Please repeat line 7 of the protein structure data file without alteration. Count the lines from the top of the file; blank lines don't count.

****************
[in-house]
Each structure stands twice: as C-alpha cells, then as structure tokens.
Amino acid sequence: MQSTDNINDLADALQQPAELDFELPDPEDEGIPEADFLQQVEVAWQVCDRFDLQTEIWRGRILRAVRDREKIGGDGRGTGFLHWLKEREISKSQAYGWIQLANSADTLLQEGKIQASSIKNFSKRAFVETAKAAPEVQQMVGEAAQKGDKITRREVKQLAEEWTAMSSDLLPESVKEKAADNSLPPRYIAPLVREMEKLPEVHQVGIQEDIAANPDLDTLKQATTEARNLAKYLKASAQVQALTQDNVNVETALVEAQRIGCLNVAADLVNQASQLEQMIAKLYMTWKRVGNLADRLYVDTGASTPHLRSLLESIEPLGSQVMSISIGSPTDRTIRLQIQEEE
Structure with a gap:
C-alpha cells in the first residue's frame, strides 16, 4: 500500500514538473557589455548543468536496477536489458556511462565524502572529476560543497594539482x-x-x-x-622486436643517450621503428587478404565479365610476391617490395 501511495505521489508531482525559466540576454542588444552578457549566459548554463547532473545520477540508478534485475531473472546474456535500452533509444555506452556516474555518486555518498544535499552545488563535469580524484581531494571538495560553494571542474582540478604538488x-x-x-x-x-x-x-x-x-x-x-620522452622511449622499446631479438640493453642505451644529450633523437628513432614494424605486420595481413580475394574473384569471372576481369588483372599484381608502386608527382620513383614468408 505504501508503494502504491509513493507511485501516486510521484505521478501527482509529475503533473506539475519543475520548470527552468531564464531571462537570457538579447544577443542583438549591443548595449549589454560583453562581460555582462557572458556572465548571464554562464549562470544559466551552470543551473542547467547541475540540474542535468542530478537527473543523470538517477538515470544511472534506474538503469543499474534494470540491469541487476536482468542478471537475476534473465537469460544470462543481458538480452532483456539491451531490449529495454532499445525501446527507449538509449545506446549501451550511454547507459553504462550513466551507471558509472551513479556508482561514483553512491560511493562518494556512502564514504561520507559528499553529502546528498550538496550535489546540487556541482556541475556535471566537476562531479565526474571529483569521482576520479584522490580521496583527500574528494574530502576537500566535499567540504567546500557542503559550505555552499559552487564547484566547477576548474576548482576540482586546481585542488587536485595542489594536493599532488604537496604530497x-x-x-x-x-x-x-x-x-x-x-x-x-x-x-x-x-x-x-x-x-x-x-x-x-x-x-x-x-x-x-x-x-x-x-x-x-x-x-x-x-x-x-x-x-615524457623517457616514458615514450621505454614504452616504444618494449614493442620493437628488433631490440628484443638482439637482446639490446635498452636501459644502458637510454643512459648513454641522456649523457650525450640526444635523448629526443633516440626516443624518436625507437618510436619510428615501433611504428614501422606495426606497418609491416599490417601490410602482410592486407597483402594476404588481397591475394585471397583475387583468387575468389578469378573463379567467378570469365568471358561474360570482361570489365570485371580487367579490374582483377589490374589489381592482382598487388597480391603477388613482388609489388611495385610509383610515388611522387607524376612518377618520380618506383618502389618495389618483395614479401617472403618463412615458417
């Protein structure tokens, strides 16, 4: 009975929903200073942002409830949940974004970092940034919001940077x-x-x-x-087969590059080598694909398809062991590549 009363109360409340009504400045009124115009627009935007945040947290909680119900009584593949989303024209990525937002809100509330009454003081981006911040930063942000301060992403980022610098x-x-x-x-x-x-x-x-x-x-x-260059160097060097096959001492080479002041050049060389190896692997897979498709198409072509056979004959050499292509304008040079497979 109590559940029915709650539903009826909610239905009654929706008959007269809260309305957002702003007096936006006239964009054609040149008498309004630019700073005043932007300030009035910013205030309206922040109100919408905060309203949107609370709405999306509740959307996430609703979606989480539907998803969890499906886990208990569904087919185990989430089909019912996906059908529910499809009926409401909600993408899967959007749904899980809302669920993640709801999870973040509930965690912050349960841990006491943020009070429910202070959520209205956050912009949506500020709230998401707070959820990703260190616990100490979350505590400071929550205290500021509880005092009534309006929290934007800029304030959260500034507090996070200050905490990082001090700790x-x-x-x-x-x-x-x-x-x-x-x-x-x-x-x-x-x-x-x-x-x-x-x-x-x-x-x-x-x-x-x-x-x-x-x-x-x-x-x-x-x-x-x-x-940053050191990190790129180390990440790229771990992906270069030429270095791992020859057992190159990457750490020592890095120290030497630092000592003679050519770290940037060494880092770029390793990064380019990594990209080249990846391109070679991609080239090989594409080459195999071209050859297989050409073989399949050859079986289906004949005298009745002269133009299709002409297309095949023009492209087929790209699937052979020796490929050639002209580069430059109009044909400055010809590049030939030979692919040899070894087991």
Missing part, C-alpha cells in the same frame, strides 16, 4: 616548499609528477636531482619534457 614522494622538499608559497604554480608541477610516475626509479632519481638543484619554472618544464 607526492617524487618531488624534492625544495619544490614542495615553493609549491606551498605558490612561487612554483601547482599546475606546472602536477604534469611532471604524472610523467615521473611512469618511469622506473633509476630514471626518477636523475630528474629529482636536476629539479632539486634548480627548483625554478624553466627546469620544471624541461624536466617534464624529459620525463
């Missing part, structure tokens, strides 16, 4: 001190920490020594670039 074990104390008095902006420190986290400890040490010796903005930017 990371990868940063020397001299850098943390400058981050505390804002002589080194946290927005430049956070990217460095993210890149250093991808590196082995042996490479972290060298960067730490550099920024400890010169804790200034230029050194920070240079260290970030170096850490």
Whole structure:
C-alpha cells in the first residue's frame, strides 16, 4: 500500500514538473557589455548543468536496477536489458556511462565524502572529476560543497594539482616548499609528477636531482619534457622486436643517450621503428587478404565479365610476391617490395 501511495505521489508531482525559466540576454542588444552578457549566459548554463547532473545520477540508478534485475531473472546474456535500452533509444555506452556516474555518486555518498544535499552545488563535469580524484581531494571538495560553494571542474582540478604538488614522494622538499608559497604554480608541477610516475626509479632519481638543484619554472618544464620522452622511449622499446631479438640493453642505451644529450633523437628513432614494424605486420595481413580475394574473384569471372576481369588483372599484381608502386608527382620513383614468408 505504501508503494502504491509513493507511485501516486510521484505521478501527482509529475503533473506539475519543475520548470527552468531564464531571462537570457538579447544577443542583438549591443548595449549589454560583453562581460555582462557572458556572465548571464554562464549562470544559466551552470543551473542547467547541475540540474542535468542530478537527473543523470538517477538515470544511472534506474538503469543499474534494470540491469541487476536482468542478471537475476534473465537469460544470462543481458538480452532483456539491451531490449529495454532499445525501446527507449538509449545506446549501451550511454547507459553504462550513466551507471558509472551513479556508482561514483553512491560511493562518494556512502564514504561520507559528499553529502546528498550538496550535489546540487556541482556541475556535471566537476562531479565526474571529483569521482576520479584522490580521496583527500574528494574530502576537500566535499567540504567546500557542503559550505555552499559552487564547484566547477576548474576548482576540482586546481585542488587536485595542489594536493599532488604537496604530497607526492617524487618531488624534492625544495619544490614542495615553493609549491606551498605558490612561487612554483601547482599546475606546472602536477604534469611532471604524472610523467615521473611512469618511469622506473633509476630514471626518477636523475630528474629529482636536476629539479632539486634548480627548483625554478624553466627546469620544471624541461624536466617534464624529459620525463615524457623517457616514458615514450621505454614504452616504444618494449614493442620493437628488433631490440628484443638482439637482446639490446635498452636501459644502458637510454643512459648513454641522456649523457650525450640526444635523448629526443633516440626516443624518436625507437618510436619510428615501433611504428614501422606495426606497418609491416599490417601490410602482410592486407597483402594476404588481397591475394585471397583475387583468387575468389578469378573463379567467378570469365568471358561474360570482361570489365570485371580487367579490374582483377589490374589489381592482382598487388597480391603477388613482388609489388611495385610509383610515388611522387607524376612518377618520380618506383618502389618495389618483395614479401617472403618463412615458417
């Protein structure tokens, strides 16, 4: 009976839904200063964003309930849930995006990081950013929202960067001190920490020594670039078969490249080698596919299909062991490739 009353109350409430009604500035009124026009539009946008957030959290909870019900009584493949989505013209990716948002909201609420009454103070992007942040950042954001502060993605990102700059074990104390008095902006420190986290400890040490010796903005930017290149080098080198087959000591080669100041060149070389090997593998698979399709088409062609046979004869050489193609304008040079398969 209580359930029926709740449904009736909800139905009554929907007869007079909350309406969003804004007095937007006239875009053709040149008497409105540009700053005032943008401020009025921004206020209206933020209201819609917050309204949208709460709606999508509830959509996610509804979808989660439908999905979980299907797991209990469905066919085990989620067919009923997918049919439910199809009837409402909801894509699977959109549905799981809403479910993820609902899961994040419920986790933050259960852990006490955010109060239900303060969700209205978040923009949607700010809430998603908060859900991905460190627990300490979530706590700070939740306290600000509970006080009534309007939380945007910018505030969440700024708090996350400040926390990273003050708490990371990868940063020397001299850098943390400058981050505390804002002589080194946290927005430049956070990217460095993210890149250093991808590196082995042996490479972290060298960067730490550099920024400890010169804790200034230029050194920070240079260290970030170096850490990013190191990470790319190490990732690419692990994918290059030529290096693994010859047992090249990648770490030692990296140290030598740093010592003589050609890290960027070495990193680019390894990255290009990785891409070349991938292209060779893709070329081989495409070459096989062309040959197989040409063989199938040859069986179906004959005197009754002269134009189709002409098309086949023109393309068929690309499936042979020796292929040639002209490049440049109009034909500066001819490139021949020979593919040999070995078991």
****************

Missing part, C-alpha cells in the same frame, strides 16, 4: 616548499609528477636531482619534457 614522494622538499608559497604554480608541477610516475626509479632519481638543484619554472618544464 607526492617524487618531488624534492625544495619544490614542495615553493609549491606551498605558490612561487612554483601547482599546475606546472602536477604534469611532471604524472610523467615521473611512469618511469622506473633509476630514471626518477636523475630528474629529482636536476629539479632539486634548480627548483625554478624553466627546469620544471624541461624536466617534464624529459620525463